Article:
3. Your claim about it requiring "solar energy to stabilise the reaction" is unsupported by any evidence.

If you are unable to support your claim, I will request this thread is closed.

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Fusion is pretty stable in small scale experiments.

https://www.researchgate.net/figure/Schematic-view-of-the-LBNL-D-T-sealed-tube-neutron-generator-prototype_fig1_253185937

 

So this is plainly wrong

3 hours ago, Z10 said:

this experiment just shows that it takes a huge mass to stabilize the fusion and it will not be enough because it takes a solar energy to stabilize the reaction

 

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5 hours ago, Z10 said:

in its experiments the plasma stabilizer is estimated at 35000 ton is it is not on to stabilize the fusion because it needs a level of solar energy to stabilize.
therefore it is impossible to stabilize the fusion in the long term its having a level of solar energy.
if the stabilization of the fusion is impossible without a level of solar energy then it is useless to invest on ca billion.

There’s nothing magical about solar energy. Electricity does not behave differently because of the source 

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Hello,

my idea is probably dumb, but i just wached a video about fussion and the guy said that the fusion reactors temperatures get higher than the center of the sun so what if that is the problem, why don't we take examples from the sun and don't make it hotter. Please if someone could explain if that is possible and if not why? Thanks.

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19 minutes ago, GosheTo said:

Hello,

my idea is probably dumb, but i just wached a video about fussion and the guy said that the fusion reactors temperatures get higher than the center of the sun so what if that is the problem, why don't we take examples from the sun and don't make it hotter. Please if someone could explain if that is possible and if not why? Thanks.

That's a fair question.

Presumably your video included some description of a ball of gas being made of molecules flying around inside the ball and constantly bumping into each other?

The average speed of the molecules tells us (determines) the temperature of the ball.

But like all averages, some molecular speeds will be faster than this average and some will be slower.

Molecules that collide head on get slower and molecules that collide sideways can get faster.

So molecules are always changing their speed.

The faster a molecule is going the more energy it has

So the higher the temperature of the ball the higher the average speed.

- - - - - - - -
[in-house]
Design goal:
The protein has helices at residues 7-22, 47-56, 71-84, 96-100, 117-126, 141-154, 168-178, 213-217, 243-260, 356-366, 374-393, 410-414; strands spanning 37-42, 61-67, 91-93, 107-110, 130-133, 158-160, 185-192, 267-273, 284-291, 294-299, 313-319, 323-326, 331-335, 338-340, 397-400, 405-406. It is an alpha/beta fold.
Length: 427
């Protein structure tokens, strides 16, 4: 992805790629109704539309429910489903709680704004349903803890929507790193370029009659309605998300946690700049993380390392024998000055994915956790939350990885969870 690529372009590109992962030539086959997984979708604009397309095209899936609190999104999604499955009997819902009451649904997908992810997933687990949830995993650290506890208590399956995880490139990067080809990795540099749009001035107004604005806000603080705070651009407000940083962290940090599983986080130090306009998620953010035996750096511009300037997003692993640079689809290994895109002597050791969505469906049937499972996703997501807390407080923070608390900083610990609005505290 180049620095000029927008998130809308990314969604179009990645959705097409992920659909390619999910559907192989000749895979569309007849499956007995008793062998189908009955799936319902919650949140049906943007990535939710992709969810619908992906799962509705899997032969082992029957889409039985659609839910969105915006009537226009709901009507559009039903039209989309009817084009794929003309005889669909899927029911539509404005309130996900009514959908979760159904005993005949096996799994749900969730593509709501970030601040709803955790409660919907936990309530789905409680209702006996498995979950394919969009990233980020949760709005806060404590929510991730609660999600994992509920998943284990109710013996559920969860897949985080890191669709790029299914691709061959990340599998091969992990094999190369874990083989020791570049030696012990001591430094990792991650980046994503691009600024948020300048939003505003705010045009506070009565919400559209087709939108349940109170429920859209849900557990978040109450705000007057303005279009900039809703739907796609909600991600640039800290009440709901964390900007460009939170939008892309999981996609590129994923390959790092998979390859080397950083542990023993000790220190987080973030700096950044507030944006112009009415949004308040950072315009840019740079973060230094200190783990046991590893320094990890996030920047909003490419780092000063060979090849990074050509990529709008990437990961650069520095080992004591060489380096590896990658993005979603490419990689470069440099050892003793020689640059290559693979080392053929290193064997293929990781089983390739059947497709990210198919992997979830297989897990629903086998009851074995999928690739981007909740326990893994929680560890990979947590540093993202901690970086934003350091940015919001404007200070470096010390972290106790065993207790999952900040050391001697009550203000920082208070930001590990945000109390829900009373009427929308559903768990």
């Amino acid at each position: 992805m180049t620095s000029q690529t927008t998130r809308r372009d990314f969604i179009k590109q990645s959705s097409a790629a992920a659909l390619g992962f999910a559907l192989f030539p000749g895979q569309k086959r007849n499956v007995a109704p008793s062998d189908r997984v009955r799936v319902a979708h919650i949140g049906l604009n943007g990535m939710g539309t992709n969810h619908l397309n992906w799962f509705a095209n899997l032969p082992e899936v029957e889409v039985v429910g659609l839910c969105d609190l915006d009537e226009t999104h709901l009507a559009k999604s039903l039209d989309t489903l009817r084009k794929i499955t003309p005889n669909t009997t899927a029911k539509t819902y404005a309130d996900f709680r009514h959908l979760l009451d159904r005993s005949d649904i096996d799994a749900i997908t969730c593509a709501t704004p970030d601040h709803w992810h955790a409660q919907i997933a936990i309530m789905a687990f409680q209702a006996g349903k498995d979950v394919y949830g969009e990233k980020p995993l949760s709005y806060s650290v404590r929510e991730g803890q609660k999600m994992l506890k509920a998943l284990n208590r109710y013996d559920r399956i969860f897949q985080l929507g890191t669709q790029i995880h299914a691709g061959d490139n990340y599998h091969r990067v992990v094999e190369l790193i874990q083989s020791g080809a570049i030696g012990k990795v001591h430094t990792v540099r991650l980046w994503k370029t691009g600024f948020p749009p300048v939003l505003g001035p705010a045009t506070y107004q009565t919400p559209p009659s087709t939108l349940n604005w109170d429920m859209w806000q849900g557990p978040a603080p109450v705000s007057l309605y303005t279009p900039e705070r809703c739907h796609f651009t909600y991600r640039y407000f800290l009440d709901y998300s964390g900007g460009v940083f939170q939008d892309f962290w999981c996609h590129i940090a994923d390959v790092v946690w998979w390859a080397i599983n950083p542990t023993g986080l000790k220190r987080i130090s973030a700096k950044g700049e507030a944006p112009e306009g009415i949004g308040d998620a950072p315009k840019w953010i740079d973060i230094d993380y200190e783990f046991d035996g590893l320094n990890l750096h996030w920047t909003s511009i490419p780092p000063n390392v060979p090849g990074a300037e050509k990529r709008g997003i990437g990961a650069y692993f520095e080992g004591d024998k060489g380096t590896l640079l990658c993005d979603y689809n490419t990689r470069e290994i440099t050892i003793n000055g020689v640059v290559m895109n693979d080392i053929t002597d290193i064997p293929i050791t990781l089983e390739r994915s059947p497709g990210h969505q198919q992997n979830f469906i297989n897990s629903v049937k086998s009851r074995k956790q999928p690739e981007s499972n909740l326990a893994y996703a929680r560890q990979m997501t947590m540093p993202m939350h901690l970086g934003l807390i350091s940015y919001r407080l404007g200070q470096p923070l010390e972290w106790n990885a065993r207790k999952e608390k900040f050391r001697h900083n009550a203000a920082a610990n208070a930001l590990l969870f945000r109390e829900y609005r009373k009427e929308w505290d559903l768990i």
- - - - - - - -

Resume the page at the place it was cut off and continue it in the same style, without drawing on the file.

In order to initiate fusion the impact has to involve a threshold or minimum amount of energy.

So this means a minimum speed of impact (head on) between two fast molecules.

 

OK so that's how fusion can start, what does that mean for fusion?

Well two things.

The bigger the ball, the more chance there is of a series of collisions adding up to some fast enough molecules to fuse on collision.

Or the higher the temperature of the ball the fewer the number of suitable collisions required to speed up a few molecules to fusion speed.

 

The Sun is a very large ball of gas so it can initiate fusion at a lower temperature than a smaller ball on Earth or elsewhere.

 

So either we make a ball of gas as large as the Sun (impractical) or we work at a higher temperature.

 

Incidentally, the problem with fusion is not reaching the necessary temperatures, that has been done.
It is containing the high temperature plasma (the gas become a plasma at high enough temperatures, but that is another story) long enough to keep the fusion process going.

It is also interesting that the Sun is largely made of Hydrogen, whiklst the molten sore of the Earth is a mixture of ferrous metals and is, in fact, hotter than the Sun (at least at the surface).
But there is no fusion in the Earth's core, because hydrogen is a lot easier to fuse than 'heavier' elements.

 

Does this help.

 

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2 hours ago, studiot said:

 It is also interesting that the Sun is largely made of Hydrogen, whiklst the molten sore of the Earth is a mixture of ferrous metals and is, in fact, hotter than the Sun (at least at the surface).

But there is no fusion in the Earth's core, because hydrogen is a lot easier to fuse than 'heavier' elements.

That's not really the appropriate comparison. Fusion takes place in the sun's core, not the surface. It's much hotter in the sun's core.

—————

 

Fusion in reactors is typically not p-p fusion as takes place in the sun. The reaction rate for that is really, really small (~billion year lifetime. It works for the sun because it's so big) Which means that some comparisons are not apples-to-apples (or protons-to-protons)